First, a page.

You might be a little surprised to see a high-end, artisanal chocolate shop gracing the streets of a small city like Madison, but chocolatier Gail Ambrosius said she wouldn’t have it any other way.
Although she’s a Wisconsin native, Ambrosius honed her talents with classic Parisian training. Despite her killer résumé, she decided to come back to Wisconsin and open her shop in Madison.
“I never, ever thought about moving elsewhere,” Ambrosius said. “I think I’ve made a good business here by working hard and focusing on quality ingredients.”
Ambrosius, TK, said even though Madison is a small city, it’s her home, and Madisonians recognize and appreciate high-quality food.
Ambrosius’s chocolate business has been in operation since she opened in the Schenk-Atwood neighborhood on the east side of Madison in 2004. She said at her first location there wasn’t enough space for production and storage, but that she didn’t want to leave the neighborhood. When she was eventually able to move into a larger space right across the street, Ambrosius said she jumped at the chance.
“We carried all of our equipment over across the street in wagons,” she said.
Ambrosius came into the chocolate business a little later in life. After being laid off from her job as a cartographer with the State of Wisconsin, she decided it was her opportunity to finally pursue her passion. She said her fascination with artisan chocolate developed as a teenager, when she visited Paris with her high school’s French club, and that she’s always loved cooking.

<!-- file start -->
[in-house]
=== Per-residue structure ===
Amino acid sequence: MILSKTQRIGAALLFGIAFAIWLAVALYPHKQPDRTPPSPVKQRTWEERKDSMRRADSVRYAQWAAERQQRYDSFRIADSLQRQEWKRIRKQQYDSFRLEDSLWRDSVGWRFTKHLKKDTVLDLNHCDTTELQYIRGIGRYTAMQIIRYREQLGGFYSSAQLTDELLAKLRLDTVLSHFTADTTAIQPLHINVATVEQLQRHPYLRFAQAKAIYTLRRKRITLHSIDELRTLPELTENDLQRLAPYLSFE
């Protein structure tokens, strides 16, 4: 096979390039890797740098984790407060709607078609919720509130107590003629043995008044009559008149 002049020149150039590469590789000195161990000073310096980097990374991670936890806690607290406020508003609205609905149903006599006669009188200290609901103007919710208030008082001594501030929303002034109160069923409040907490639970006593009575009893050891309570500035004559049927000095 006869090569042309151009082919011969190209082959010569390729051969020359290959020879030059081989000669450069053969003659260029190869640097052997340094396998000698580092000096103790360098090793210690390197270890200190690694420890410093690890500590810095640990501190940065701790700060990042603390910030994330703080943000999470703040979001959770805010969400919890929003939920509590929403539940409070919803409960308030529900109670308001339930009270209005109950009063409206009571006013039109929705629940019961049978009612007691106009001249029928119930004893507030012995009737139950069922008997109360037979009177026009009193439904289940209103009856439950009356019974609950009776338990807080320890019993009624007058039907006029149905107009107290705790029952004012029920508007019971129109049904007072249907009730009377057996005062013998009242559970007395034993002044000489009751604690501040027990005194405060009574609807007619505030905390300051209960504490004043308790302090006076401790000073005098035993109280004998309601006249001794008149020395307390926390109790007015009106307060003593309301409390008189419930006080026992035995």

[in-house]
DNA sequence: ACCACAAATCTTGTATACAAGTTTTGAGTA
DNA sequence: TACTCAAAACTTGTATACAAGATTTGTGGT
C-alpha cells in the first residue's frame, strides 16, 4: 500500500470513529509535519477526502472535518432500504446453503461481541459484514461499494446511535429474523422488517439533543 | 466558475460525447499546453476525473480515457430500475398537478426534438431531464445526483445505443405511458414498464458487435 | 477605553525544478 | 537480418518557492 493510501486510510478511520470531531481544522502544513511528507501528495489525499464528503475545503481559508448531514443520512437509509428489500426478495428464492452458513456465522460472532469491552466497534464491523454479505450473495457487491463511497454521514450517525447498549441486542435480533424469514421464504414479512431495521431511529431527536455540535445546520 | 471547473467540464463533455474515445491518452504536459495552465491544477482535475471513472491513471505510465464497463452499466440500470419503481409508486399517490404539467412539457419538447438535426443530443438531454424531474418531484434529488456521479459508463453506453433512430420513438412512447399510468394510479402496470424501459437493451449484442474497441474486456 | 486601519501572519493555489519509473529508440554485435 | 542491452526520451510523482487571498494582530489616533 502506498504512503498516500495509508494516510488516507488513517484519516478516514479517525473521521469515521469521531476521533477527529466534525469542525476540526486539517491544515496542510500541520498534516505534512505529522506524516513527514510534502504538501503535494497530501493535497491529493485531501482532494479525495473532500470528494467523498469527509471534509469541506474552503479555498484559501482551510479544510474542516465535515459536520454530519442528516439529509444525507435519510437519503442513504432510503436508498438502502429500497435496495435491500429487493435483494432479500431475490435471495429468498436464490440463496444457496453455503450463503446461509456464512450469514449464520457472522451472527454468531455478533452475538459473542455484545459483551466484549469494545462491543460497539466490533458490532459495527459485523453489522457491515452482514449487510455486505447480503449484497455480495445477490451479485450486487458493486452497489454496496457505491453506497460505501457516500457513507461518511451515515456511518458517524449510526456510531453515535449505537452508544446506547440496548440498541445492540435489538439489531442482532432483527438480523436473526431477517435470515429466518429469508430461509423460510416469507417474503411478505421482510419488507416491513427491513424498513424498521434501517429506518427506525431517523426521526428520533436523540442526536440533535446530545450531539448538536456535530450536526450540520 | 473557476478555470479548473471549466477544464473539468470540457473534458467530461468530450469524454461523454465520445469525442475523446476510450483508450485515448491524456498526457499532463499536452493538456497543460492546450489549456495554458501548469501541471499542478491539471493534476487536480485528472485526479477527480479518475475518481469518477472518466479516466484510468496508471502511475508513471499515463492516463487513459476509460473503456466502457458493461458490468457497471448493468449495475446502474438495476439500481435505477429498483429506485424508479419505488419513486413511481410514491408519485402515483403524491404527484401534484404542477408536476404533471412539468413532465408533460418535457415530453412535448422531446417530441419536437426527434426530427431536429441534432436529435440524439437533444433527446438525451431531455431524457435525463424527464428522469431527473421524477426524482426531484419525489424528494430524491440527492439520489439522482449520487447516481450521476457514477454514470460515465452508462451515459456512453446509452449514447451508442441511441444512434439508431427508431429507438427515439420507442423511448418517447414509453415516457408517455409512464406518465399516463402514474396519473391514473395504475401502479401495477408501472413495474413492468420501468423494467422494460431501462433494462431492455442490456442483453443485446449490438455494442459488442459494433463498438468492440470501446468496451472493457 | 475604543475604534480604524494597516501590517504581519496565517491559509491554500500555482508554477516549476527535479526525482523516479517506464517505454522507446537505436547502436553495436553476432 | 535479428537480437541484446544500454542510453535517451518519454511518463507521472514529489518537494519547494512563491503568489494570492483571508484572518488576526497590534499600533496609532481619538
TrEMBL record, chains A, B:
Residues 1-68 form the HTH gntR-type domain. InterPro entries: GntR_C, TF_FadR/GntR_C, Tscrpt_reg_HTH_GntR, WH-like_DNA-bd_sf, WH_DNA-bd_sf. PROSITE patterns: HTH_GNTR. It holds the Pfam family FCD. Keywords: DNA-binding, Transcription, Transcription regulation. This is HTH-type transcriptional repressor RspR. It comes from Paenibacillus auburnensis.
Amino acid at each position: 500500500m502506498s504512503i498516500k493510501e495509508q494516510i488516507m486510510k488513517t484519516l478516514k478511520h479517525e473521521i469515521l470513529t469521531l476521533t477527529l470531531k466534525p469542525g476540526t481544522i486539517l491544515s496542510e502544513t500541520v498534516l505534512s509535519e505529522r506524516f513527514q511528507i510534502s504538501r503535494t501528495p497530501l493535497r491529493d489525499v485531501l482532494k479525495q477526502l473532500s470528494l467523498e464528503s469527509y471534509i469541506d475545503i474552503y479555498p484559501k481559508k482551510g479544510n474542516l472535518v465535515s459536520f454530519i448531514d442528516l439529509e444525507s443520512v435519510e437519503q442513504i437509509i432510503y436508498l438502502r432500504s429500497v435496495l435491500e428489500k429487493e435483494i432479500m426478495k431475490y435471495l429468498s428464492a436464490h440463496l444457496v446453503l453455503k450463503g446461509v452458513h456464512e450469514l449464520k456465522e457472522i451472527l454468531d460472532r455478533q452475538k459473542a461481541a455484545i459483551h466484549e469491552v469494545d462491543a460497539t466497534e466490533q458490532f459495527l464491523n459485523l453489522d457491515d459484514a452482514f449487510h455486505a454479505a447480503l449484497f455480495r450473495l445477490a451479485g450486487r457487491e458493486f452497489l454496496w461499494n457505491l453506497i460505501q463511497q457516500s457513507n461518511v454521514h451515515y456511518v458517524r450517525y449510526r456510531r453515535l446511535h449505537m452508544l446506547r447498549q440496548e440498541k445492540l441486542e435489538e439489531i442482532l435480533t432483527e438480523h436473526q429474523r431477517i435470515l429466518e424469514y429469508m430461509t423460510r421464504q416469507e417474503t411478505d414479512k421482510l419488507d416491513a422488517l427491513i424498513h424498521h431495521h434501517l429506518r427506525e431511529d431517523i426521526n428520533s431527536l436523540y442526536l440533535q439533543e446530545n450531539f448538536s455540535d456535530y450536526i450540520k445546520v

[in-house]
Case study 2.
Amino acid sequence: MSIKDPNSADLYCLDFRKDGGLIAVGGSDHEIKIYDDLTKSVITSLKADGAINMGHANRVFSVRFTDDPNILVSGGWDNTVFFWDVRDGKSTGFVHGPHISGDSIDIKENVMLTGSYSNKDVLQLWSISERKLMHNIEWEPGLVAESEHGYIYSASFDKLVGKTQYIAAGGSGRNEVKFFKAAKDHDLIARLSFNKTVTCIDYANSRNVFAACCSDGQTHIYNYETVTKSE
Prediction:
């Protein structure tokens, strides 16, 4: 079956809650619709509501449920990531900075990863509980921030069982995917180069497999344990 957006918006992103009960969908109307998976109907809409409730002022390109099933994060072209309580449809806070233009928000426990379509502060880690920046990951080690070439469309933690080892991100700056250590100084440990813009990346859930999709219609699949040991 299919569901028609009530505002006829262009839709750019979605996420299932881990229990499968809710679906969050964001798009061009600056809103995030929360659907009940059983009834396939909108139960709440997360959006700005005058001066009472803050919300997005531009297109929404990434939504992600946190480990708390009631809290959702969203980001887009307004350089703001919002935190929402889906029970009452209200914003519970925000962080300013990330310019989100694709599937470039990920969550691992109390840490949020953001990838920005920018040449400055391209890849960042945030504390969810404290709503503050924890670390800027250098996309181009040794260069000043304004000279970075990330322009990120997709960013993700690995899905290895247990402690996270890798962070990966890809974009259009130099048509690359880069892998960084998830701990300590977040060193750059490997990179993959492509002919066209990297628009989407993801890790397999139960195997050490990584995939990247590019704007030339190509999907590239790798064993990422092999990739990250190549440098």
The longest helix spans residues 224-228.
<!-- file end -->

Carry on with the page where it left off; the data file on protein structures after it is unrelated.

She got her start in the industry with an online chocolatiering class from the École Chocolat in Vancouver, British Columbia. She then went back to France to learn from chocolatiers at Valrhona and Cluizel, two renowned French chocolate brands, for a short time.
Although she was trained in France, Ambrosius said she doesn’t rely exclusively on French methods. She said while most French artisans use machinery to coat their truffles in melted chocolate, her staff still dips them by hand.
“I don’t cut corners,” she said. “I like the way they look, and I think they taste better than the mechanized way.”
Ambrosius said enrobing her chocolates, which means coating them with a thin layer of chocolate, by hand takes longer and requires a larger staff, but that it’s all well worth it. She can almost always be found working alongside her employees to run the shop.
Lydia McGowan, who worked for Ambrosius when she was in high school, said she thinks this hands-on approach is what has made Ambrosius so successful.
“She’s an extremely dedicated person. She doesn’t half-ass anything, and she’s very centered in the whole process, rather than just being sort of like a removed-CEO type of boss,” McGowan said. “I think that’s really inspirational for a lot of business owners, especially in Madison since it’s such a tight-knit community.”
Ambrosius said she only uses dark chocolate, as she believes it has more flavor than lower percentages of chocolate. She said her shop does produce a few bonbons out of white chocolate and chocolate with lower cacao percentages, but that’s only a tiny percentage of her total production.
“Dark chocolate is better for you than milk chocolate, and more true to what cacao actually is,” Ambrosius said.
Ambrosius said recent discourse around heavy metals in dark chocolate has not impacted her sales.
“People ask questions, sure,” she said. “But that’s about it.”